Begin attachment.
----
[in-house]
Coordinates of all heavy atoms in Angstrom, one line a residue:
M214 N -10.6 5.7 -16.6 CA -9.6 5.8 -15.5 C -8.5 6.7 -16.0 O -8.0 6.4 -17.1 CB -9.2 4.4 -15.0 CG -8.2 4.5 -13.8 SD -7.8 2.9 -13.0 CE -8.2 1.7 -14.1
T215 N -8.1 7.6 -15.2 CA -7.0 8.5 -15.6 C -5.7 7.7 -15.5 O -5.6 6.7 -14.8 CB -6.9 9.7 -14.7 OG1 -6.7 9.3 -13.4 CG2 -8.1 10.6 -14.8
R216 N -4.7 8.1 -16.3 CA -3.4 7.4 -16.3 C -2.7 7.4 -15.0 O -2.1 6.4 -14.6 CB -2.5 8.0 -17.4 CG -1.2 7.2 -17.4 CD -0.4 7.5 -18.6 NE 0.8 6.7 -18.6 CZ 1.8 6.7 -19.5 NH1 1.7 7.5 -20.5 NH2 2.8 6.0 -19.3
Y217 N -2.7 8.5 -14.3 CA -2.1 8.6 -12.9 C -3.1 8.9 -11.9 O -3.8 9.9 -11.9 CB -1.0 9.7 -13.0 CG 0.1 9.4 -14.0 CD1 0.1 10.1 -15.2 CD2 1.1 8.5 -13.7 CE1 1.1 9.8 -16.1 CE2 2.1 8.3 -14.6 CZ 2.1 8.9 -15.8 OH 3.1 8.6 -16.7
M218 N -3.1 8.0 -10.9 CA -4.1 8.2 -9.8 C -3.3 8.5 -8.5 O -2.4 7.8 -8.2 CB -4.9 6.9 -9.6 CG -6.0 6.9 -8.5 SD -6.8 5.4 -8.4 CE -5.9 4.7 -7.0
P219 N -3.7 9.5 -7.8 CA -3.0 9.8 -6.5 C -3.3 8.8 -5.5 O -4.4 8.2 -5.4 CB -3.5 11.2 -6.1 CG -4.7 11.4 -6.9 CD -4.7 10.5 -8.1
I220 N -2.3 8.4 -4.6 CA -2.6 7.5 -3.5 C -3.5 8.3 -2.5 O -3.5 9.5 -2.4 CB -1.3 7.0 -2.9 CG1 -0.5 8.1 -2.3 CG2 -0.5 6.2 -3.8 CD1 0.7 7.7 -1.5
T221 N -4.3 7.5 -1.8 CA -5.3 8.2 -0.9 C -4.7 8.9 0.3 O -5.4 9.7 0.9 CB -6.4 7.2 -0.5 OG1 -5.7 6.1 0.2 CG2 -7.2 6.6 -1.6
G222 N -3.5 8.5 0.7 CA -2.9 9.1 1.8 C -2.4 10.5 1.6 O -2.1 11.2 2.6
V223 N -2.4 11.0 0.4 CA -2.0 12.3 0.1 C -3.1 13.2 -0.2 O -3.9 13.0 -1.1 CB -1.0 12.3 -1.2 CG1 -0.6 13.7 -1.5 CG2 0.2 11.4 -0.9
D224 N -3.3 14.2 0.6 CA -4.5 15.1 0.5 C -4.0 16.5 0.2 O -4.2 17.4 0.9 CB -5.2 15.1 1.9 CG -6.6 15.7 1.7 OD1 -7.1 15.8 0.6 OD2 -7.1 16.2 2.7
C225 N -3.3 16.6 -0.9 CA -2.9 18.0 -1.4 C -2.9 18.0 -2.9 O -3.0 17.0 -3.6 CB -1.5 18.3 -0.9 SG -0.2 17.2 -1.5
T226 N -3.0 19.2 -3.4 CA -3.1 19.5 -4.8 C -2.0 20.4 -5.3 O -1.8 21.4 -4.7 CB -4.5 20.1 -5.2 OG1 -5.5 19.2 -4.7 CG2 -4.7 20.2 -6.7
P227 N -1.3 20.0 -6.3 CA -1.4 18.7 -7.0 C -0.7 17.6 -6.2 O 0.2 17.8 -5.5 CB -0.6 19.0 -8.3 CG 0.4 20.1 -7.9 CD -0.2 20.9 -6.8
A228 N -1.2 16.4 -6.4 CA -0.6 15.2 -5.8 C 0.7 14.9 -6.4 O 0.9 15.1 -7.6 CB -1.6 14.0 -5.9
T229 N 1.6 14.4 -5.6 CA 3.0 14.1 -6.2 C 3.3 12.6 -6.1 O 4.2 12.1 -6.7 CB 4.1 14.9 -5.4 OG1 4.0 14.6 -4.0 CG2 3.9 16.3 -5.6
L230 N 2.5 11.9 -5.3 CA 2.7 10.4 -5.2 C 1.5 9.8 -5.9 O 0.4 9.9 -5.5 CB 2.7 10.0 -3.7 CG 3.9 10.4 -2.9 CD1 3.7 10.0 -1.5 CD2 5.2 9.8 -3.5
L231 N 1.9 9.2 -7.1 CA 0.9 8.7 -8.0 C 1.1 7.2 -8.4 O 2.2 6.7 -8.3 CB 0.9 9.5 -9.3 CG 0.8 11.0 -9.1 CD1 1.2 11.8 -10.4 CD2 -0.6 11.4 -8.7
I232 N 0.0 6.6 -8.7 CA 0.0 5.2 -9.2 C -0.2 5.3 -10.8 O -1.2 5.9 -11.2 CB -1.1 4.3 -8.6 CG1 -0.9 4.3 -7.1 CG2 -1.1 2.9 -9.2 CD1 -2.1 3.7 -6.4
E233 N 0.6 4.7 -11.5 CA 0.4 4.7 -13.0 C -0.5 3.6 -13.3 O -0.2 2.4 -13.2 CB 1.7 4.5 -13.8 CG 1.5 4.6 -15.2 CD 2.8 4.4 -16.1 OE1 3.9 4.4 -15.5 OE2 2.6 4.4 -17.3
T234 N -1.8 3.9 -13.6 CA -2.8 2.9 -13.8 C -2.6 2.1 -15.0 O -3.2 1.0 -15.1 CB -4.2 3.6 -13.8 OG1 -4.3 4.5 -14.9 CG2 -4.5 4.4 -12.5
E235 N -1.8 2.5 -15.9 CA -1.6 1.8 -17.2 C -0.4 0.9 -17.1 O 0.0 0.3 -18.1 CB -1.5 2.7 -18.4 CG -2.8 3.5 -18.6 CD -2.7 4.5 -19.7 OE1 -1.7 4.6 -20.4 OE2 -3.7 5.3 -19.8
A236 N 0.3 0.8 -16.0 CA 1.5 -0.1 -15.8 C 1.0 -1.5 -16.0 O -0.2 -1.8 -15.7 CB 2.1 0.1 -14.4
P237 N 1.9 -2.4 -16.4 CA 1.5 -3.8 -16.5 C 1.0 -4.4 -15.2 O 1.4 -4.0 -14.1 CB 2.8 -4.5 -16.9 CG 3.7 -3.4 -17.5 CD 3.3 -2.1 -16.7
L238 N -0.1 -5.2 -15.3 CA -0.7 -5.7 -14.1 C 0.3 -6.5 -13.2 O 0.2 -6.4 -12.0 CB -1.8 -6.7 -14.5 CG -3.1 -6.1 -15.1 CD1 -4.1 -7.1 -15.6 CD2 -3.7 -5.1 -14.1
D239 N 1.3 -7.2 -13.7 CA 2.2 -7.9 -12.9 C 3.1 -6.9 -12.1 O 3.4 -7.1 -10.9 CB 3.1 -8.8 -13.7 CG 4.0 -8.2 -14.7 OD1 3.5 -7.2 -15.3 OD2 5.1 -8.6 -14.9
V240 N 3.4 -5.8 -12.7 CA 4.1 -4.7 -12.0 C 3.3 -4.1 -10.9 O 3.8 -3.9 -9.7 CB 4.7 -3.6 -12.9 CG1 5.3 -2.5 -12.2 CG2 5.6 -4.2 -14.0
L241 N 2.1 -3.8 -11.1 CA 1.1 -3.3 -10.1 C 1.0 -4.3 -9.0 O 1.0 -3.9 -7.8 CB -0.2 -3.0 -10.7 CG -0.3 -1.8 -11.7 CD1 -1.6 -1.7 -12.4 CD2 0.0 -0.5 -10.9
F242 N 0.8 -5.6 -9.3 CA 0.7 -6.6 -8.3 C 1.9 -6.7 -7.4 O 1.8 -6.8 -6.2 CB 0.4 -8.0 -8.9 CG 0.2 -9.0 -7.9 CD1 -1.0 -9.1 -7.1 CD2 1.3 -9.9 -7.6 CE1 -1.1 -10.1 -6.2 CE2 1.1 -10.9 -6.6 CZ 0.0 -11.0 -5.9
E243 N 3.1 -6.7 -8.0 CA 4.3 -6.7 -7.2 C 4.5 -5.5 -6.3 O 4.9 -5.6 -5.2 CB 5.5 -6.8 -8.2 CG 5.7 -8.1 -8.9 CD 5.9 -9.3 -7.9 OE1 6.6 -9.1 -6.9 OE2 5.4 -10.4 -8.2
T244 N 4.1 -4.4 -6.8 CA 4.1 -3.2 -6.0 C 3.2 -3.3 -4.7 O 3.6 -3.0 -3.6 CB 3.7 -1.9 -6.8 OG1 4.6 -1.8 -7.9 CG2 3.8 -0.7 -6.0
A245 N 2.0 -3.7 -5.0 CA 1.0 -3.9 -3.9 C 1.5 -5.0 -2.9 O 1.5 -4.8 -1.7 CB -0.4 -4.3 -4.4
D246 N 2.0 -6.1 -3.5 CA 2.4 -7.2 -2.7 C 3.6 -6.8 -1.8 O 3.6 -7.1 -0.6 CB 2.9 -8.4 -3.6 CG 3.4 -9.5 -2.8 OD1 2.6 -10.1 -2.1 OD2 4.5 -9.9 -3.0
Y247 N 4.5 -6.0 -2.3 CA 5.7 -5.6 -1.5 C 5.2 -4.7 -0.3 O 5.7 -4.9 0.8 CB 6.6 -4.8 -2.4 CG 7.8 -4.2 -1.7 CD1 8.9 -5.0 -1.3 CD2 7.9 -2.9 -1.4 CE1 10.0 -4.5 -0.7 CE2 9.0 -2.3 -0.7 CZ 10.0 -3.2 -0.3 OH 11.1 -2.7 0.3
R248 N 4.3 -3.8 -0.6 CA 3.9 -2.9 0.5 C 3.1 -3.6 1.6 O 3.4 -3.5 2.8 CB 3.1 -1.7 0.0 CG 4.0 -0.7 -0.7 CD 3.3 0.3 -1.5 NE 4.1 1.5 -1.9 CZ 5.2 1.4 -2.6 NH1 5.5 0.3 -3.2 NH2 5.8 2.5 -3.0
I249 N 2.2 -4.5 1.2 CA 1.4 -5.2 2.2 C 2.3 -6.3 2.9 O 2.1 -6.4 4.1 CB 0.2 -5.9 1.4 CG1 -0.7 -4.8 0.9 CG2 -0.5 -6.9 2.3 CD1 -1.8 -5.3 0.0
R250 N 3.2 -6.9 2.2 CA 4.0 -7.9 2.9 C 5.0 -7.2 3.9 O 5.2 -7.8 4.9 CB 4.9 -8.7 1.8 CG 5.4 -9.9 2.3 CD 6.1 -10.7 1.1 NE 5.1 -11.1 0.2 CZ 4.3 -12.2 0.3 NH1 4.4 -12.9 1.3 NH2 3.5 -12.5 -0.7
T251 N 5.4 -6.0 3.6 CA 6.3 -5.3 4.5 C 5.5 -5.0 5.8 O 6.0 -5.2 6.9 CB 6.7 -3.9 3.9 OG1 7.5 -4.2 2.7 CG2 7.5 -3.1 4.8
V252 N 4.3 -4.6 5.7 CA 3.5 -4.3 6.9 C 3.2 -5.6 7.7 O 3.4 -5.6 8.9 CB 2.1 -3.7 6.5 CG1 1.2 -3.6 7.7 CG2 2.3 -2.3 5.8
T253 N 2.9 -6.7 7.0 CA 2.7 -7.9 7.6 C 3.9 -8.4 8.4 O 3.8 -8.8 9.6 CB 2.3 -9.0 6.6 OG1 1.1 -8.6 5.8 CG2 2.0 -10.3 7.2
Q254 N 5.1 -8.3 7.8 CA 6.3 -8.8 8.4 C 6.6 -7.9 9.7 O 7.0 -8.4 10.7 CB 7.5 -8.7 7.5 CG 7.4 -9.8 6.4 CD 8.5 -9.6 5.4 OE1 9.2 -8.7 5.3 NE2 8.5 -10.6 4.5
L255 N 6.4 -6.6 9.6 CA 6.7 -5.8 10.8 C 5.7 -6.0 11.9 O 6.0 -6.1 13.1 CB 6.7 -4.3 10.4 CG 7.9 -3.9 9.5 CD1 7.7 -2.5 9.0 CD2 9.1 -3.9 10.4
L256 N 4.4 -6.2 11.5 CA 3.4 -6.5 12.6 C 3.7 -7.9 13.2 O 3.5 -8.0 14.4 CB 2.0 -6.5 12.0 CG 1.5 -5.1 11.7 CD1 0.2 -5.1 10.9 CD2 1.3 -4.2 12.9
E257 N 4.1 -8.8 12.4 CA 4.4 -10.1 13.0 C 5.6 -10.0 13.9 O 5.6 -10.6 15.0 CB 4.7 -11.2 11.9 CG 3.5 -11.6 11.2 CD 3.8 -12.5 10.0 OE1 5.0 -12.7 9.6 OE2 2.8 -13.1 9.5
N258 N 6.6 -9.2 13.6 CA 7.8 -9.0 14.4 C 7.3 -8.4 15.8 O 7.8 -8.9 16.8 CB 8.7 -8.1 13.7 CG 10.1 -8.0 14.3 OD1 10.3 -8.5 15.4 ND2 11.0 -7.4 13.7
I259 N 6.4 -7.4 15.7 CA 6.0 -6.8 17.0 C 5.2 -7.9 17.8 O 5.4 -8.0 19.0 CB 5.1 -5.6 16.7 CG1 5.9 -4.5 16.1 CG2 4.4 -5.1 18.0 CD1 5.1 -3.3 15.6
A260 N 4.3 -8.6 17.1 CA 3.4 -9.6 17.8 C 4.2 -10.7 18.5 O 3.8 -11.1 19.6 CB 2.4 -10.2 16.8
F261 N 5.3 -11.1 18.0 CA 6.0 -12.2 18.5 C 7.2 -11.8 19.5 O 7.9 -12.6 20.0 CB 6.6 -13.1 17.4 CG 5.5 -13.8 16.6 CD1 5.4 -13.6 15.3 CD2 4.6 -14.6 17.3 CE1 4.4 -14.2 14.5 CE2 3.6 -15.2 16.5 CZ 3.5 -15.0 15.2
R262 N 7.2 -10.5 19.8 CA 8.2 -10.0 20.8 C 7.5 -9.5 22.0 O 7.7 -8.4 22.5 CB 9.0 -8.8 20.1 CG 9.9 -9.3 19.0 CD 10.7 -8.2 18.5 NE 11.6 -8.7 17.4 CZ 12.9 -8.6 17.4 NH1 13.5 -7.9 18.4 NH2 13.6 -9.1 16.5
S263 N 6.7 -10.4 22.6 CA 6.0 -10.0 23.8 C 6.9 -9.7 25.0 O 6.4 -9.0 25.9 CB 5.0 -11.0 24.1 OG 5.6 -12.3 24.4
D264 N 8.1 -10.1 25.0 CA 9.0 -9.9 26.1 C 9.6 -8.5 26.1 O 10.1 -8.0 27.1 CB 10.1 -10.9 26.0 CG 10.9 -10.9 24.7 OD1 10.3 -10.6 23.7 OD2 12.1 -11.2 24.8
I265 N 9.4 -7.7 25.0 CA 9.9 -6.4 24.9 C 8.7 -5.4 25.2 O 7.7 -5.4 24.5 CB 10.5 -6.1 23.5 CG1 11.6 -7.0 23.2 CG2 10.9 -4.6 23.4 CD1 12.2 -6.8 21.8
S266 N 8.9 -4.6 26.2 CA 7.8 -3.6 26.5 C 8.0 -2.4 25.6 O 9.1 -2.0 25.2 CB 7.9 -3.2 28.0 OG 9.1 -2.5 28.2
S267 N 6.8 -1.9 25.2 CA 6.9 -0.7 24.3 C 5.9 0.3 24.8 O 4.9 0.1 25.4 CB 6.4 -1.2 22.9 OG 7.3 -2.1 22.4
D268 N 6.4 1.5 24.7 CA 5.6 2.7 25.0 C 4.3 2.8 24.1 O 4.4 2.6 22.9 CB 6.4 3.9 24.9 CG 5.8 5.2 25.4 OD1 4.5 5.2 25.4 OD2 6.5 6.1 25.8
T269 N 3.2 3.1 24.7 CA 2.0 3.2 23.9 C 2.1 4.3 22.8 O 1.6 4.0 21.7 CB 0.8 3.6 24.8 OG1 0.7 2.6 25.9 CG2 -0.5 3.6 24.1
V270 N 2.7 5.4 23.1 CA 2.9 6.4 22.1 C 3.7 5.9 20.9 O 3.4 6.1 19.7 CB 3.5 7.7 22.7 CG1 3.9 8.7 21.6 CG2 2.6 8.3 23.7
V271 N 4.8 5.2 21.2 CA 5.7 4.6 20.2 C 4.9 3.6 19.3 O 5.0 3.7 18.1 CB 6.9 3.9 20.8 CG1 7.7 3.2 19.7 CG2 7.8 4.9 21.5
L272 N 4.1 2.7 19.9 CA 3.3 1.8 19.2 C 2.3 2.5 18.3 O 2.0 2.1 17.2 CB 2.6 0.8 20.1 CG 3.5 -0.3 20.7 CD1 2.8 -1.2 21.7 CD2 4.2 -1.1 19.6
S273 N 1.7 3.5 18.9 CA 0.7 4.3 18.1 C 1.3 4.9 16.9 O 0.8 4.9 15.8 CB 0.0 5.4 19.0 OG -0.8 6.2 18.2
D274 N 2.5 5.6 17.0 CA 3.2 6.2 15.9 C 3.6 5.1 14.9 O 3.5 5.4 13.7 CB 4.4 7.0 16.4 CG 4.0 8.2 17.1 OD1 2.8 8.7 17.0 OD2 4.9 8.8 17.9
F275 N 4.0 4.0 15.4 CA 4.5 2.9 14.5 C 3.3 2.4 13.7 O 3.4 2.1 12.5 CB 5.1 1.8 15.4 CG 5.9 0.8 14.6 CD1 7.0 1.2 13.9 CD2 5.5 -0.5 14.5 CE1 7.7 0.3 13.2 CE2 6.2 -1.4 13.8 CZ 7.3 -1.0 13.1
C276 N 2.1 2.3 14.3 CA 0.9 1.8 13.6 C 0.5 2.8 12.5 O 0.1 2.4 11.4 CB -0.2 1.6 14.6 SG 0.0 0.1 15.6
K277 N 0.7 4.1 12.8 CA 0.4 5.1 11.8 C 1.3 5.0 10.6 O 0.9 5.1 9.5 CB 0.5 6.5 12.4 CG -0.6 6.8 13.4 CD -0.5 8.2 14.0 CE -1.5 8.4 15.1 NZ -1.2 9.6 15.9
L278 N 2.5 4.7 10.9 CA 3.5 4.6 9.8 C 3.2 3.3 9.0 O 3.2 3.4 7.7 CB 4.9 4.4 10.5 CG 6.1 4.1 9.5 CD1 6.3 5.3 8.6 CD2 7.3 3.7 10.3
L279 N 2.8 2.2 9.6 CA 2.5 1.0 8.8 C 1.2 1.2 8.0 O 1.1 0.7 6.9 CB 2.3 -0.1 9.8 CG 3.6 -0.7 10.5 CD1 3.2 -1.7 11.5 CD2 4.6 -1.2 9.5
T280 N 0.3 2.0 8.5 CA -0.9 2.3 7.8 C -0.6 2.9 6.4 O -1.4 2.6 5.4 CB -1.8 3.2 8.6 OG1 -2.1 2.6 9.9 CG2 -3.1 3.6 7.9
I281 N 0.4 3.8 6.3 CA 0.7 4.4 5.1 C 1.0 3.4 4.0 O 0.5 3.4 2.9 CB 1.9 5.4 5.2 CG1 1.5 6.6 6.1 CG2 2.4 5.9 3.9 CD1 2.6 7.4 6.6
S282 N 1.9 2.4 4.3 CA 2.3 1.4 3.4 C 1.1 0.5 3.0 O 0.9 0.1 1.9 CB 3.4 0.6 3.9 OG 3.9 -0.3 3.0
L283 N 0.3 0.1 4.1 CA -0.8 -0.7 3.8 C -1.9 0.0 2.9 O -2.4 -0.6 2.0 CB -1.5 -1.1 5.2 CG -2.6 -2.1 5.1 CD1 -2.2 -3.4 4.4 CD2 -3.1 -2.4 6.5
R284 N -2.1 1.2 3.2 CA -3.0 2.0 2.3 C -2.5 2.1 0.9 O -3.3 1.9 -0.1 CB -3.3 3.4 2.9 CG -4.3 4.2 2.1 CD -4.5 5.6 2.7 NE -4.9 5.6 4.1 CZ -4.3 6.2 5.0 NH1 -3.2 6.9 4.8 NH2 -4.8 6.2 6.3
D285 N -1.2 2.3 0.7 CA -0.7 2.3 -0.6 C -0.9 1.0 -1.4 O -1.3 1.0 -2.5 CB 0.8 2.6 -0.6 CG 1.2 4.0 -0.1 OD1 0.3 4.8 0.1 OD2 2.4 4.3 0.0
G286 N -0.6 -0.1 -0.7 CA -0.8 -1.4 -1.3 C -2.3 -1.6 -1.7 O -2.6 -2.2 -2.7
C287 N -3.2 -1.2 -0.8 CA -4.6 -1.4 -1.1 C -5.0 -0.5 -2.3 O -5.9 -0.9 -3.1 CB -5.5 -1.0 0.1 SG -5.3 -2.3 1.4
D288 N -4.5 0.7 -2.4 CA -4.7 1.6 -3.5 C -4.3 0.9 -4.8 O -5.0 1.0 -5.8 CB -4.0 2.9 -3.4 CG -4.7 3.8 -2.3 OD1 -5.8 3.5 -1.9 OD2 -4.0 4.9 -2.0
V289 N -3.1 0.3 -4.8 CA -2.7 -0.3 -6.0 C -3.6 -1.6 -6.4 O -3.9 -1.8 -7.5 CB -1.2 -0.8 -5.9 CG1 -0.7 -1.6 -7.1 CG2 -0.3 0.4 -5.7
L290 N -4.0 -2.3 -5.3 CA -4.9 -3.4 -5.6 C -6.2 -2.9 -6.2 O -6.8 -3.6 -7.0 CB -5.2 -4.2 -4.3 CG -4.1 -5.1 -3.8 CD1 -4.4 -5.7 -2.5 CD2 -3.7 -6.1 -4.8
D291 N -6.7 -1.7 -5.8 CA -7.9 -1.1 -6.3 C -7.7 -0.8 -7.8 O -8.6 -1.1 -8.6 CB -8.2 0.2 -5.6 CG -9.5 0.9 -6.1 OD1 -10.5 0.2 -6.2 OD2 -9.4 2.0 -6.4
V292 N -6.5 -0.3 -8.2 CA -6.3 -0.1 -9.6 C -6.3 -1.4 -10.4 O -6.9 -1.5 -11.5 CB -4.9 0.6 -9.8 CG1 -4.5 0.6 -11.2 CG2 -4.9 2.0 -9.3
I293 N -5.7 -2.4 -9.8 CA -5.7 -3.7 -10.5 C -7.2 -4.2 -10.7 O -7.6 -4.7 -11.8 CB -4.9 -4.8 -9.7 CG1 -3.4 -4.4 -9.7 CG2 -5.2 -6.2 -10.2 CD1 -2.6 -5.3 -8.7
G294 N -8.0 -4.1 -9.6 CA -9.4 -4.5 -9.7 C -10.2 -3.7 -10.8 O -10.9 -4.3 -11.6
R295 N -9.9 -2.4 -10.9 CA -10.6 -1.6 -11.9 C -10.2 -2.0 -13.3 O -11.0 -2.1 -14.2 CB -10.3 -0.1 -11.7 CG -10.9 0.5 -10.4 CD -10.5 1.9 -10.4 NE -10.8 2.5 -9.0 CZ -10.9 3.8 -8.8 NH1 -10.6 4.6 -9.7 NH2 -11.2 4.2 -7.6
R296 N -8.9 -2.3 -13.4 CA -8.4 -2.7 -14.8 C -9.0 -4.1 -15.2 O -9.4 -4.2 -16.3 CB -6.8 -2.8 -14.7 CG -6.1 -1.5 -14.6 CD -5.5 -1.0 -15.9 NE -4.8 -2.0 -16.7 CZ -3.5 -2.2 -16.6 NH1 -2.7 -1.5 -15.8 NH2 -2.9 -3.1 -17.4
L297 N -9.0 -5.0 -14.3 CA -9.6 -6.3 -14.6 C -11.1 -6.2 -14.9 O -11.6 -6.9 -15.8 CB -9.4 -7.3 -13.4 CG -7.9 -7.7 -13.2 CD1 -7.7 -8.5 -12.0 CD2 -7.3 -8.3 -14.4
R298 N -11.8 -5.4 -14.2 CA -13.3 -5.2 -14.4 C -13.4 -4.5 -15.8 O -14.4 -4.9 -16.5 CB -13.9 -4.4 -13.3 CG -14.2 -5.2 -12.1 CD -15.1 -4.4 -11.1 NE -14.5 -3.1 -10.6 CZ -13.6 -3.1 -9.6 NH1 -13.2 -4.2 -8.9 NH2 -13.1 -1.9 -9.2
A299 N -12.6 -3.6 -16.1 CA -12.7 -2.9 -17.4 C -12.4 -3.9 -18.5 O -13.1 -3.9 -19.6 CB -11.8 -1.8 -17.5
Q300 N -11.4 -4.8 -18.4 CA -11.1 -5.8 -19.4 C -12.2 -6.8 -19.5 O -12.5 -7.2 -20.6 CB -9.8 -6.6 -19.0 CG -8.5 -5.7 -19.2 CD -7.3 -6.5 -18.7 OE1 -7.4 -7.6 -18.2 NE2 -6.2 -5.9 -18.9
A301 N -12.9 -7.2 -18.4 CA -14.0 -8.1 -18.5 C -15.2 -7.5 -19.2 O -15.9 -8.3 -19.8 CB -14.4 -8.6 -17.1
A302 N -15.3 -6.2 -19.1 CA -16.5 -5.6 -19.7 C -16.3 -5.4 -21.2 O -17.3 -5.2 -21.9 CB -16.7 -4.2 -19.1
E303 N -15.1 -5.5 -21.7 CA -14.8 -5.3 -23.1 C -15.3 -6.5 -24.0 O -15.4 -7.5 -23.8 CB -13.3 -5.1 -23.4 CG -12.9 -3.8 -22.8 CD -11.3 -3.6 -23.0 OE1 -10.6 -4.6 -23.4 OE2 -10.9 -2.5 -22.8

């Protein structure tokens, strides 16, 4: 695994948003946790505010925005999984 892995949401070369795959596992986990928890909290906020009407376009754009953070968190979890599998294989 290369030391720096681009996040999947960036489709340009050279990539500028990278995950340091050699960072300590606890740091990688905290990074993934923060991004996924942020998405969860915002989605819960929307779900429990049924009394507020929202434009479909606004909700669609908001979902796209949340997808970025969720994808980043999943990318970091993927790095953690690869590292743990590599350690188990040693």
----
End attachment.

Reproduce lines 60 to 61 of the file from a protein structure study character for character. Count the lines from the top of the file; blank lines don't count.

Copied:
V271 N 4.8 5.2 21.2 CA 5.7 4.6 20.2 C 4.9 3.6 19.3 O 5.0 3.7 18.1 CB 6.9 3.9 20.8 CG1 7.7 3.2 19.7 CG2 7.8 4.9 21.5
L272 N 4.1 2.7 19.9 CA 3.3 1.8 19.2 C 2.3 2.5 18.3 O 2.0 2.1 17.2 CB 2.6 0.8 20.1 CG 3.5 -0.3 20.7 CD1 2.8 -1.2 21.7 CD2 4.2 -1.1 19.6